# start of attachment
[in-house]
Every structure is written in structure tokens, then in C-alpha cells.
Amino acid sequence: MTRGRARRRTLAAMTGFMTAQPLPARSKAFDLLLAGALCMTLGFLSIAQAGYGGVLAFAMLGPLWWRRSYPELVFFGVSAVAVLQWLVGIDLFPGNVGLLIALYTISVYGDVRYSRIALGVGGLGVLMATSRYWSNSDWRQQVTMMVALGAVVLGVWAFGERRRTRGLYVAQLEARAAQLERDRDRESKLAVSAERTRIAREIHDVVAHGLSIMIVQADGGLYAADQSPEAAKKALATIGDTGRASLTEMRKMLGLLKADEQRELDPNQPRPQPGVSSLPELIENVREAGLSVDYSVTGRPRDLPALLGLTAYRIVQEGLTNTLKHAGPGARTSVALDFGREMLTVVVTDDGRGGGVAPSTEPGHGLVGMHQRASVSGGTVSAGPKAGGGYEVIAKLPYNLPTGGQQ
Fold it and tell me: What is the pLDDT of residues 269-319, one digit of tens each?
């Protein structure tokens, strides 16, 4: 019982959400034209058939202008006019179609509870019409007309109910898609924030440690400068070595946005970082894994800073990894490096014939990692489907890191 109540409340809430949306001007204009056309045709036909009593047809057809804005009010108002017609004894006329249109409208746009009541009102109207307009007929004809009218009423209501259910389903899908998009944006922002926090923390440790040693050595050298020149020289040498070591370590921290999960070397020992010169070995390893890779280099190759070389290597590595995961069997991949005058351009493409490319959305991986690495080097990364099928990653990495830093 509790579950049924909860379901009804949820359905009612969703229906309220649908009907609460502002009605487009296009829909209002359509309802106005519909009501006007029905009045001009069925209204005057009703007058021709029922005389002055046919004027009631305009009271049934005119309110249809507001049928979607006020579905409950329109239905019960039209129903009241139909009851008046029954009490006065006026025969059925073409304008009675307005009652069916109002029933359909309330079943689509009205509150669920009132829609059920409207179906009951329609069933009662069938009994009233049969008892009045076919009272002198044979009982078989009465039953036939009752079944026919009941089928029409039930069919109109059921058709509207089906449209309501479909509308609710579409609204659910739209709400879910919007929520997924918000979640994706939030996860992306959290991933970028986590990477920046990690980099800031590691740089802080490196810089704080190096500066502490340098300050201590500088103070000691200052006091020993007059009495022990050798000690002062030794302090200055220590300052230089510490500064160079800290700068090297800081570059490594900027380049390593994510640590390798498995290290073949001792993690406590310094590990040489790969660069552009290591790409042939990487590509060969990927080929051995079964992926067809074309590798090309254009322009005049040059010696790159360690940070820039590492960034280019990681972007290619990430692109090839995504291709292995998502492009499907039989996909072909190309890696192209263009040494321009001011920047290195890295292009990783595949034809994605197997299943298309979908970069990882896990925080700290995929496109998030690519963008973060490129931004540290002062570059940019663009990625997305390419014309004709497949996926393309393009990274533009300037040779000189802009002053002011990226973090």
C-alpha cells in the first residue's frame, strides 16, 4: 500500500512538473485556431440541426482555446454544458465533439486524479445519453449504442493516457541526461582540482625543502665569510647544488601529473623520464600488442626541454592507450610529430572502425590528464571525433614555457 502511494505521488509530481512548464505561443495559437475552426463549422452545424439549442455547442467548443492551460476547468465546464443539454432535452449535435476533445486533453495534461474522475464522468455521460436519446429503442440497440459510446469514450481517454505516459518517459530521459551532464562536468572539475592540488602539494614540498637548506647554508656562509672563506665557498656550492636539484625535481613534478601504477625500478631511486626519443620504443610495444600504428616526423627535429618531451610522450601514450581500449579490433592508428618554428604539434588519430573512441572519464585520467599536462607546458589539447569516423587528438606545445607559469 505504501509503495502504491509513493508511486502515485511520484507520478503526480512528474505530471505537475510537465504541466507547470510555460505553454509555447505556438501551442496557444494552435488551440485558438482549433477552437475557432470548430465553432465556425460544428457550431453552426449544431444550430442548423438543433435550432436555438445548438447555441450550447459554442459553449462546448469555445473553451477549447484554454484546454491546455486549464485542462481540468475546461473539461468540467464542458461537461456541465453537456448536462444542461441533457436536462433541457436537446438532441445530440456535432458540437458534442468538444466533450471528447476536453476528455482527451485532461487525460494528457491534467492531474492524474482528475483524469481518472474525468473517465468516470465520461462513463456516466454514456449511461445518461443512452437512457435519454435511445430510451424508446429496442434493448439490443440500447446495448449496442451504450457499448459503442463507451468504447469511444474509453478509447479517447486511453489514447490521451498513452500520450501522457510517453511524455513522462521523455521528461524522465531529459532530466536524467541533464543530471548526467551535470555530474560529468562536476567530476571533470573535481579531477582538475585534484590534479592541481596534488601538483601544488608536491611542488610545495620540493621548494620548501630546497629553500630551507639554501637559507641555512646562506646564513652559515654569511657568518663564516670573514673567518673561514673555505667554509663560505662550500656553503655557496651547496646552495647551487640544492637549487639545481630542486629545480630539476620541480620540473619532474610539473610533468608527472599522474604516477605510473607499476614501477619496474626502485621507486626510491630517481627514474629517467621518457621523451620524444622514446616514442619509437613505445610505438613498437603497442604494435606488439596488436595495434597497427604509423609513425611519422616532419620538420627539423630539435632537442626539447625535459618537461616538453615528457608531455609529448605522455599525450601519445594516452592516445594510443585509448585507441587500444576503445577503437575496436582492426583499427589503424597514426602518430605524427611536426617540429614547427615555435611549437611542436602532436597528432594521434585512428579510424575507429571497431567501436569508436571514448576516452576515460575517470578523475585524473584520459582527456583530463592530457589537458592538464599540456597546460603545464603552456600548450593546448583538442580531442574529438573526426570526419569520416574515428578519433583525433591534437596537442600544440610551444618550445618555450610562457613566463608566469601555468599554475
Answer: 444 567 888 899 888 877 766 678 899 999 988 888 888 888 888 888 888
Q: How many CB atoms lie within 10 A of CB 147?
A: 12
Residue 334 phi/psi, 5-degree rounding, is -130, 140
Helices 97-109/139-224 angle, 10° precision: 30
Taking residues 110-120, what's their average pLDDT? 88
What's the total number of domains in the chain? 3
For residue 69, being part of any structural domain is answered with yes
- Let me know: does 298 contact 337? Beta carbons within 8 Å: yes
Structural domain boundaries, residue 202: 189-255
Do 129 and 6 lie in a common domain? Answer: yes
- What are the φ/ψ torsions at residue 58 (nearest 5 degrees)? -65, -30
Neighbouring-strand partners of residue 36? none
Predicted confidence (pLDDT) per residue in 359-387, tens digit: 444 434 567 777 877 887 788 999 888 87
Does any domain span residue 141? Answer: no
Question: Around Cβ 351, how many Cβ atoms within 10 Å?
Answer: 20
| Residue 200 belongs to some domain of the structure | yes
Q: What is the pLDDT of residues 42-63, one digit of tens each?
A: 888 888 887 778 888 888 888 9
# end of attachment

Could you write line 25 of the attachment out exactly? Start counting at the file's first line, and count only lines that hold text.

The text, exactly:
Q: What is the pLDDT of residues 42-63, one digit of tens each?